Nugent CD has sense of purpose

Larry Nugent's new CD is entitled "White Island."

By Daniel Neely

Congratulations to the Chicago Cubs, who broke a 108-year drought to win last week’s World Series. Chicago’s been a great city historically not just for baseball (and other sports), but also, as many readers will know, for traditional Irish music. You can start with Francis O’Neill, its one time police chief, whose work in this music (and that of members of his cohort) is well known. But since his time, there’s been a long and distinguished list of musicians who have called Chicago home, including Isaac Alderson, Sean Gavin, Pauline Conneely, Kieran O’Hare, Liz Carroll, Marty Fahey, Michael Flatley, Jimmy Keane, Pat Broaders, Martin Hayes, John Williams, Seán Cleland, Kevin Henry, Cuz Teahan, Joe Shannon, Johnny McGreevy, Pat Roche and Eleanor Neary, to name but a few.

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Another of Chicago’s great musicians is Larry Nugent, who is just out with a new CD, “White Island.” Originally from the village of Lack, Co. Fermanagh, he’s the son of Séan Nugent, a well-respected teacher and composer who was also the leader of the All-Ireland champion Pride of Erin Céilí Band. Although his whole family was musical, Larry distinguished himself early on, competing well in Comhaltas competition as a youngster, and winning two senior All-Ireland championships at the Fleadh Cheoil na hÉireann in 1994 and 1995. Nugent arrived in Chicago in 1992 and quickly assimilated into the scene, performing with many of the top names (including Paddy Keenan, Martin Hayes, Arty McGlynn, the Chieftains, and Van Morrison) and at the top festivals (such as Milwaukee Irish Fest, the Glen Echo Festival, the Willie Clancy Summer School, and the International Flute Festival De Cornouaille Quimper) on both sides of the Atlantic.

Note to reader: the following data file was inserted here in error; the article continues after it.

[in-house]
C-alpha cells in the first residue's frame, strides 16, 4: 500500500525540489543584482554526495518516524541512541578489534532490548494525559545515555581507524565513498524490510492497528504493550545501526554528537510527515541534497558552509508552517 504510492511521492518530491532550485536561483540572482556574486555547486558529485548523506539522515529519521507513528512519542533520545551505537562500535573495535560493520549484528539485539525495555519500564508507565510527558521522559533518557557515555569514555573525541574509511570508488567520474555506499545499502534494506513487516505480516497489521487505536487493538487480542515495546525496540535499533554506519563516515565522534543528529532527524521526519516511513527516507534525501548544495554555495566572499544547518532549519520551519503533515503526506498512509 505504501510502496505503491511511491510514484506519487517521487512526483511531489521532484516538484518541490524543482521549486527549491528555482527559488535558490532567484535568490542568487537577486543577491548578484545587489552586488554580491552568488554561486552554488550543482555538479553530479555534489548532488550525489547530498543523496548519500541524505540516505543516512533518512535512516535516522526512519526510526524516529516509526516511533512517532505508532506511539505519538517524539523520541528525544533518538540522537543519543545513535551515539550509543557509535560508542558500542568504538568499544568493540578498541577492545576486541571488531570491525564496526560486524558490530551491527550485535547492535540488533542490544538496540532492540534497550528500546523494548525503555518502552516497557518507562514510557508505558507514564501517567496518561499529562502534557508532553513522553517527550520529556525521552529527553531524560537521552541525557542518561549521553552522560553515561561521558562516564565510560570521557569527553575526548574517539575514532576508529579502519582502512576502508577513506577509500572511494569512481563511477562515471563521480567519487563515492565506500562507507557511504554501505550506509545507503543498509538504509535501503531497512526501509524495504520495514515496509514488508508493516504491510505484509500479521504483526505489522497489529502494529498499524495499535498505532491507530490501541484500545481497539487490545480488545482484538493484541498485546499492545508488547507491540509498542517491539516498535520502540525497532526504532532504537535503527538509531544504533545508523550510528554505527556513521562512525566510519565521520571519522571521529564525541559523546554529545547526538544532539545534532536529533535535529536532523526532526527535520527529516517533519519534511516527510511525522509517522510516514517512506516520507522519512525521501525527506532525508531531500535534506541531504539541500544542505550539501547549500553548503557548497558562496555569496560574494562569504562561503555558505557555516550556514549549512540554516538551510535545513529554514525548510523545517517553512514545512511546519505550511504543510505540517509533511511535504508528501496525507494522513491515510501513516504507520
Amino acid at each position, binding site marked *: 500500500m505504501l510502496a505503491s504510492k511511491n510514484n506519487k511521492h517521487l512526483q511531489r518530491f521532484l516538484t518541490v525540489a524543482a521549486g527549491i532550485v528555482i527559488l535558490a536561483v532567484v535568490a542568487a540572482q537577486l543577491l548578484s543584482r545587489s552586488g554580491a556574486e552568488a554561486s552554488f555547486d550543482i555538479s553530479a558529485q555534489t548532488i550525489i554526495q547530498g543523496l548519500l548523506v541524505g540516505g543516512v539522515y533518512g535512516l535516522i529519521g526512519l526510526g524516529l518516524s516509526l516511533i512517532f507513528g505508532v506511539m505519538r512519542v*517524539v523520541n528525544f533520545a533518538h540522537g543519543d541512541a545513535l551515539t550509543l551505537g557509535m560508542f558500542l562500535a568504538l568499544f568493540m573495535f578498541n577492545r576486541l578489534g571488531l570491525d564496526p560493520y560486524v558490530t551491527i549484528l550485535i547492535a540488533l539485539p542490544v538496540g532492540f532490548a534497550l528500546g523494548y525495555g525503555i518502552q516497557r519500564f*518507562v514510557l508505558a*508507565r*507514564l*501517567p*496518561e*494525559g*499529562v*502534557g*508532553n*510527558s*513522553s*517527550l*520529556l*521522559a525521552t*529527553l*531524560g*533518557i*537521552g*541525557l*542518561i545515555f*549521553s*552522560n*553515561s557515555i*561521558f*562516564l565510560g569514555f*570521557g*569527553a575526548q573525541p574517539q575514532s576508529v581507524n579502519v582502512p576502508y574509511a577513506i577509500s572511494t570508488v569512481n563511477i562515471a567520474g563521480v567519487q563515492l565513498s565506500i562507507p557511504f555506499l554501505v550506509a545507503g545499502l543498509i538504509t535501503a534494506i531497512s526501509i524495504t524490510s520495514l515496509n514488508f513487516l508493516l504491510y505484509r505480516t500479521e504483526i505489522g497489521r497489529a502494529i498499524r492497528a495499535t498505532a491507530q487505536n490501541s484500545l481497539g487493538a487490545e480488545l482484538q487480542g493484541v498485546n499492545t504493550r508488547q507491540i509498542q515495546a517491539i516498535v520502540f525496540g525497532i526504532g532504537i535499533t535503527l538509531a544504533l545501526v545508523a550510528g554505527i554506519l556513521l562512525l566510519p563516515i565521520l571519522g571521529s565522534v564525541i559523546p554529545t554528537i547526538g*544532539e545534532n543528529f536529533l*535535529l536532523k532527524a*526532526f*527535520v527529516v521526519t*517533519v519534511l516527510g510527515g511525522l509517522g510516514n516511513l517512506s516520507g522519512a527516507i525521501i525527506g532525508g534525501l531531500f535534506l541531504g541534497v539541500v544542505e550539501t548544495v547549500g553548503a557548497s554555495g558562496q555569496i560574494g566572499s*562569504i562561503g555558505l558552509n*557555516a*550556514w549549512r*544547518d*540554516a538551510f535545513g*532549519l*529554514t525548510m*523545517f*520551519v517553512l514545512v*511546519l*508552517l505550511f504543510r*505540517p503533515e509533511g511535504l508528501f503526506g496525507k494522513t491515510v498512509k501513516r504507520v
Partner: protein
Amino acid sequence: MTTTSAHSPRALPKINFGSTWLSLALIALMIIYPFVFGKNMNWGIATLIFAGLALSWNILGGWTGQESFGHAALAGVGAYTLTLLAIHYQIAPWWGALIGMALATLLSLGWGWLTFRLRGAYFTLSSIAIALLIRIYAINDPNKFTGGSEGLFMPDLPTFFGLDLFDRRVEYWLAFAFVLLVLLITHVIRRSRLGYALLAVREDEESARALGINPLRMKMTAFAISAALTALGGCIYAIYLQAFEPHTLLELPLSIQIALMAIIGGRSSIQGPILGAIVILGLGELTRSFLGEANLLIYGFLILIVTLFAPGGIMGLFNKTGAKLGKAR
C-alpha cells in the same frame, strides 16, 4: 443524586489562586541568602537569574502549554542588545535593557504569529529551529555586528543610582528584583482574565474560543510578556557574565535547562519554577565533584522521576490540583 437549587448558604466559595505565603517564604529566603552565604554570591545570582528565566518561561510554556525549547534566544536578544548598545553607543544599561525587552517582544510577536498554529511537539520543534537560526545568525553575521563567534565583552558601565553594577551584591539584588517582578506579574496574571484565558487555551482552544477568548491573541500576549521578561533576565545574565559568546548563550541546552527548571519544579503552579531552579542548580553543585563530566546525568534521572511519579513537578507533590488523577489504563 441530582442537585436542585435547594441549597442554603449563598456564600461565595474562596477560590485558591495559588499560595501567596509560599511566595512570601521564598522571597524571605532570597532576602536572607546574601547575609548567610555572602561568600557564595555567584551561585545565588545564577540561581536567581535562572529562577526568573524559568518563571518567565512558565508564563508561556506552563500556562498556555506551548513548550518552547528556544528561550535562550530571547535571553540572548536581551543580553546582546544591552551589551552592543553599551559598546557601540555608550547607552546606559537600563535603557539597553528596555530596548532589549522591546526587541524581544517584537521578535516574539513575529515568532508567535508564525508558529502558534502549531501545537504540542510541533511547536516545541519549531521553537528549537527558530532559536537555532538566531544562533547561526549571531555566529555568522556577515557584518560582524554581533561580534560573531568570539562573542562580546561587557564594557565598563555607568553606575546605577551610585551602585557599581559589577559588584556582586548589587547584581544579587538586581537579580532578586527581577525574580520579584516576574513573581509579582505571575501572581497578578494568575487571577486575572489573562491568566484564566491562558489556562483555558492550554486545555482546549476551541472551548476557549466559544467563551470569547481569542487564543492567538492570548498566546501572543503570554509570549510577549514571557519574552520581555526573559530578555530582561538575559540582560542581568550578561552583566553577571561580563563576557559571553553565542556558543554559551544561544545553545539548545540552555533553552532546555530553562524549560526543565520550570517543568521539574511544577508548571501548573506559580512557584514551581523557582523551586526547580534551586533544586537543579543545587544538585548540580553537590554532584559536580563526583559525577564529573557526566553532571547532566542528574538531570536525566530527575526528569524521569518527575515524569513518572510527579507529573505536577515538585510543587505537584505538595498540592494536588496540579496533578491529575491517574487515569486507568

Named for an island in County Fermanagh’s Lower Lough Erne, “White Island" is Nugent’s fourth solo album, joining “Traditional Irish Music On Flute And Tin Whistle” (1996), “Two For Two” (1998) and “The Windy Gap” (2000). Seven years in the making, this new effort meets the very high musical standard for which Nugent has come to be known, and features twelve tracks of refined, accomplished music.

Part of what the album has going for it is the remarkable list of artists it boasts of, including Michael McGoldrick (flute), Liz Carroll (fiddle), Jackie Moran (percussion), Matheu Watson (guitar), Steve Cooney (guitar), Pat McManus (guitar), Larry Gray (cello and bass), Cary Novotny (guitar), Fintan McManus (bouzouki), David Curley (guitar), Isaac Alderson (flute), Sean Gavin (uilleann pipes and flute), and Kyle Turner (synthesizer and voice). Each of these musicians brings an individual voice to Nugent’s clear artistic vision and articulates well with the others on the tracks on which he or she features.

However, it’s Nugent who stands front and center here, not only for his superior playing, but for the choices he makes in his arrangements. So while Nugent plays brilliantly on “Donal's Trip To Old Trafford / …,” the arrangement he’s set is layered and intense and allows his interplay with McGoldrick to really shine. The tracks he shares with Gavin are similarly captivating, although more straight ahead. “Major Moran’s / …” is a flute duet, while “Boys of 25 / …” puts Nugent’s flute with Gavin’s pipes and both are stunning. “Grain An Domhnaigh” is exquisite track. Cooney takes a delicate, harp-like approach on his guitar that is matched well by Gray’s cello and Carroll’s fiddle. Although the tune is a composition of Fintan McManus, it draws on the baroque spirit of Turlough O’Carolan’s music. The same group of musicians appears on “Dancing On Wine Street / …,” a track with a darker and one might say deeper drive in its arrangement and execution. It’s a great track that, like the others, demonstrates Nugent’s many talents.

“White Island” is a groovy, complex album that unfolds with a sense of purpose. Nugent’s playing is expressive and nuanced, but the tight overall sound plays on the camaraderie he shares with his guest musicians and gives each track a very rich sound. Folks who love flute music will dig this album, as will fans of modern trad groups like Lúnasa, Flook, Danù, and others, who will find a lot to love here. Recommended! Visit for more information on the artist and how to purchase the CD.

Daniel Neely writes about traditional music each week in the Irish Echo.